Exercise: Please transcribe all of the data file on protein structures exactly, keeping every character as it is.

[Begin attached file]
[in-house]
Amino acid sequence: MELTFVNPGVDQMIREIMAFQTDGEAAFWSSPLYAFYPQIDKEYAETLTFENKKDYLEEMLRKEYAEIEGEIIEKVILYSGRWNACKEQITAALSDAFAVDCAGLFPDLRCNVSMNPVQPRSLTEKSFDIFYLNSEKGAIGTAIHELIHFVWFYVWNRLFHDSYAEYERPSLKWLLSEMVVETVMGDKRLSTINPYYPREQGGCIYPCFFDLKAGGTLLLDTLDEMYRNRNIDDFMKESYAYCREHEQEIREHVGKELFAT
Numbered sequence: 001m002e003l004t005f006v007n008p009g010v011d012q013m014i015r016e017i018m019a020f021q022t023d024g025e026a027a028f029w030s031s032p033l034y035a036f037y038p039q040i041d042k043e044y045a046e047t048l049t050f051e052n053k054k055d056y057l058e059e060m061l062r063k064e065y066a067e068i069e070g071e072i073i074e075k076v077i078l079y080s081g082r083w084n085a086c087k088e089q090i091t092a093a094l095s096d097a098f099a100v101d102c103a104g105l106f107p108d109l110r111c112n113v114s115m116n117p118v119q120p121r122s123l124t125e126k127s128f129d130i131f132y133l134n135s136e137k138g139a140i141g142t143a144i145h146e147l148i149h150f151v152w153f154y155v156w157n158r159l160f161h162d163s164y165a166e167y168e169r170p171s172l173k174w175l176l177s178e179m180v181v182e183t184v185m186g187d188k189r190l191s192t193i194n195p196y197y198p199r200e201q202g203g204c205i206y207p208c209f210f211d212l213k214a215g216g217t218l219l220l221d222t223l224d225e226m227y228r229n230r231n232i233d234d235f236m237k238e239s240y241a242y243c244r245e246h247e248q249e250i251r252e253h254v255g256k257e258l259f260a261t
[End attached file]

[in-house]
Amino acid sequence: MELTFVNPGVDQMIREIMAFQTDGEAAFWSSPLYAFYPQIDKEYAETLTFENKKDYLEEMLRKEYAEIEGEIIEKVILYSGRWNACKEQITAALSDAFAVDCAGLFPDLRCNVSMNPVQPRSLTEKSFDIFYLNSEKGAIGTAIHELIHFVWFYVWNRLFHDSYAEYERPSLKWLLSEMVVETVMGDKRLSTINPYYPREQGGCIYPCFFDLKAGGTLLLDTLDEMYRNRNIDDFMKESYAYCREHEQEIREHVGKELFAT
Numbered sequence: 001m002e003l004t005f006v007n008p009g010v011d012q013m014i015r016e017i018m019a020f021q022t023d024g025e026a027a028f029w030s031s032p033l034y035a036f037y038p039q040i041d042k043e044y045a046e047t048l049t050f051e052n053k054k055d056y057l058e059e060m061l062r063k064e065y066a067e068i069e070g071e072i073i074e075k076v077i078l079y080s081g082r083w084n085a086c087k088e089q090i091t092a093a094l095s096d097a098f099a100v101d102c103a104g105l106f107p108d109l110r111c112n113v114s115m116n117p118v119q120p121r122s123l124t125e126k127s128f129d130i131f132y133l134n135s136e137k138g139a140i141g142t143a144i145h146e147l148i149h150f151v152w153f154y155v156w157n158r159l160f161h162d163s164y165a166e167y168e169r170p171s172l173k174w175l176l177s178e179m180v181v182e183t184v185m186g187d188k189r190l191s192t193i194n195p196y197y198p199r200e201q202g203g204c205i206y207p208c209f210f211d212l213k214a215g216g217t218l219l220l221d222t223l224d225e226m227y228r229n230r231n232i233d234d235f236m237k238e239s240y241a242y243c244r245e246h247e248q249e250i251r252e253h254v255g256k257e258l259f260a261t